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The Separation of Heaven and Earth: The Advent of Social Hierarchy and Its Implications

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238 pages4 hours

Summary

Unlike todays world religious views, the belief in one Supreme Being was once a widespread phenomenon. In The Separation of Heaven and Earth, author Harold Montzka provides evidence of this contemporary view with new arguments.

By studying anthropology and the history of religions, Montzka shows evidence for the belief system of the egalitarian hunters who spread across the globe. In the Near East, the area from the mountains in Turkey to the Persian Gulf, people traded freely without evidence of borders or conflict. Then, social hierarchy became evident in a small area. Shortly after this, a number of hierarchical sites appeared suddenly, and society saw massive buildings, city walls, ethnic divisions, trade to benefit the elites, war, and instability.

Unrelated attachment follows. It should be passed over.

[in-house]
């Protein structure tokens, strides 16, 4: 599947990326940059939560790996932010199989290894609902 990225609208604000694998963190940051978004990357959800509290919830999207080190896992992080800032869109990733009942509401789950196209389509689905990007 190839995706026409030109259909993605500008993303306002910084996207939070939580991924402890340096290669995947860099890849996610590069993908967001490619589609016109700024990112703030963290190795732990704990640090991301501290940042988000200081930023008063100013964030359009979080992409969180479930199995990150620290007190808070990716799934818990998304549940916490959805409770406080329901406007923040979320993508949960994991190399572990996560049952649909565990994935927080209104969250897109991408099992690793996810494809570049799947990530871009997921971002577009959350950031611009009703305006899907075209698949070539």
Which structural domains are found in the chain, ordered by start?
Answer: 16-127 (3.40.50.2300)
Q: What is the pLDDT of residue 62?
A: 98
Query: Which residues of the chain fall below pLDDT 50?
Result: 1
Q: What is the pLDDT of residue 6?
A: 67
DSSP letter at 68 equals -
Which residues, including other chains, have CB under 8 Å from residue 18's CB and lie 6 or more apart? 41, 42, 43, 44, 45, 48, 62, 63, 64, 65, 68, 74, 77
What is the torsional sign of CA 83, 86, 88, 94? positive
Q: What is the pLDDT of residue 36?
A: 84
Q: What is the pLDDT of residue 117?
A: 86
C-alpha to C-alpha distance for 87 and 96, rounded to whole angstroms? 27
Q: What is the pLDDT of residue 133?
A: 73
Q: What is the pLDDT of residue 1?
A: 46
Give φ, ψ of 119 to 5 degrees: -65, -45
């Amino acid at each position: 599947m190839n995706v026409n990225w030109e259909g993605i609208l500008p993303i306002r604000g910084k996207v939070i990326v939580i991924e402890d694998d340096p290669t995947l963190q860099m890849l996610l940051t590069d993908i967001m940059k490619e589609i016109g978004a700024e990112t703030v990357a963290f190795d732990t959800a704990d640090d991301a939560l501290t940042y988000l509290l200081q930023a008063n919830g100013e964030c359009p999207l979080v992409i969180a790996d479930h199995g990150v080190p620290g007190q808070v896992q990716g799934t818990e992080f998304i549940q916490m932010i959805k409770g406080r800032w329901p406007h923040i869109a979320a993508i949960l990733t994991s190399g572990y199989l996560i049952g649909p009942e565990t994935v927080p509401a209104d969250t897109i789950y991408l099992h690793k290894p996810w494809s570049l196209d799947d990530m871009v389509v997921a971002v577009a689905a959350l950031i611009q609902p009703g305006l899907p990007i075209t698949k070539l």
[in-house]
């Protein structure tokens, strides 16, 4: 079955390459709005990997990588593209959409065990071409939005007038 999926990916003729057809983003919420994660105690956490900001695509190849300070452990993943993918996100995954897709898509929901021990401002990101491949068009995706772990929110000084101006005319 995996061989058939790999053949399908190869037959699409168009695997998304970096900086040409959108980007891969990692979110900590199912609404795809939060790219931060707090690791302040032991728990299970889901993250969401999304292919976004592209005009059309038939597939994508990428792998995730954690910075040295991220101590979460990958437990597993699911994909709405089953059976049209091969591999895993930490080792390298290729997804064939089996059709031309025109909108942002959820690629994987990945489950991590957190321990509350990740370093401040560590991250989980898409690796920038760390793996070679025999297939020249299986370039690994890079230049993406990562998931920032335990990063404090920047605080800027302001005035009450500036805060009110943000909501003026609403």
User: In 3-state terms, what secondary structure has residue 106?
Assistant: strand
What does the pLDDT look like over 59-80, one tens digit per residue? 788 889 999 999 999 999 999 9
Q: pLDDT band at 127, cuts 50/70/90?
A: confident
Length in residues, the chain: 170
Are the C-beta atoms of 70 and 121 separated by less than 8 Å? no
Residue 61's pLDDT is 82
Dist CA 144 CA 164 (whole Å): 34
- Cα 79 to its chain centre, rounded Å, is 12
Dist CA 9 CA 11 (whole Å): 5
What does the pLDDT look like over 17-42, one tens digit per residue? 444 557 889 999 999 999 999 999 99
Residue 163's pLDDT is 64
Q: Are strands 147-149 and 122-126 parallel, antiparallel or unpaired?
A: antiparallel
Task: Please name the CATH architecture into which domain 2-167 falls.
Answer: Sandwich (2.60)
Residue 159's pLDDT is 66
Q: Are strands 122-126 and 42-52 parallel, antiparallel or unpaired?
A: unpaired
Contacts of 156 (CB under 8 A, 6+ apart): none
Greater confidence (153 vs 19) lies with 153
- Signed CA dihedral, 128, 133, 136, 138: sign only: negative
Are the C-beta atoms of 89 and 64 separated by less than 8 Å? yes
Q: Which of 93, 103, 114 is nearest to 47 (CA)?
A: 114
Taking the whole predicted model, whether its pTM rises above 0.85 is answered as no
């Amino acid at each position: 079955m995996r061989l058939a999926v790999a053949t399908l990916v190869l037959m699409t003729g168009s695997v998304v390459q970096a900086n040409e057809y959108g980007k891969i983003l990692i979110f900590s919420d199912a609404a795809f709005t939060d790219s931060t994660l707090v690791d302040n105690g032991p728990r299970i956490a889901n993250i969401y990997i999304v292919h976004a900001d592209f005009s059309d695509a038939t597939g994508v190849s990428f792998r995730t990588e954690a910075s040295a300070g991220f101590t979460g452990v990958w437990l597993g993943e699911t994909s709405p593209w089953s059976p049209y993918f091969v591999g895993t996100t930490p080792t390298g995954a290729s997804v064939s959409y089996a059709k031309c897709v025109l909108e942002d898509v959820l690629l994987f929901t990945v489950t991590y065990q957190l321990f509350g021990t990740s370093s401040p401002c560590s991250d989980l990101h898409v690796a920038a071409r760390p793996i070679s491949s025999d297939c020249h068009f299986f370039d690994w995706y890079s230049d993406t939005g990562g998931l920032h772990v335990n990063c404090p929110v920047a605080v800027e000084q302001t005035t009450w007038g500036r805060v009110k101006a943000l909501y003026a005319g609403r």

Developed over forty years, The Separation of Heaven and Earth points out that a single cosmological theme was present in ancient literature as well as recent preliterate hierarchies. The cosmology justifying the elites in hierarchical societies provided for the society by control of nature. Those few groups who have remained egalitarian do not use this cosmology. They are not dependent on the rituals of a social hierarchy; they depend on the providence of their creator.

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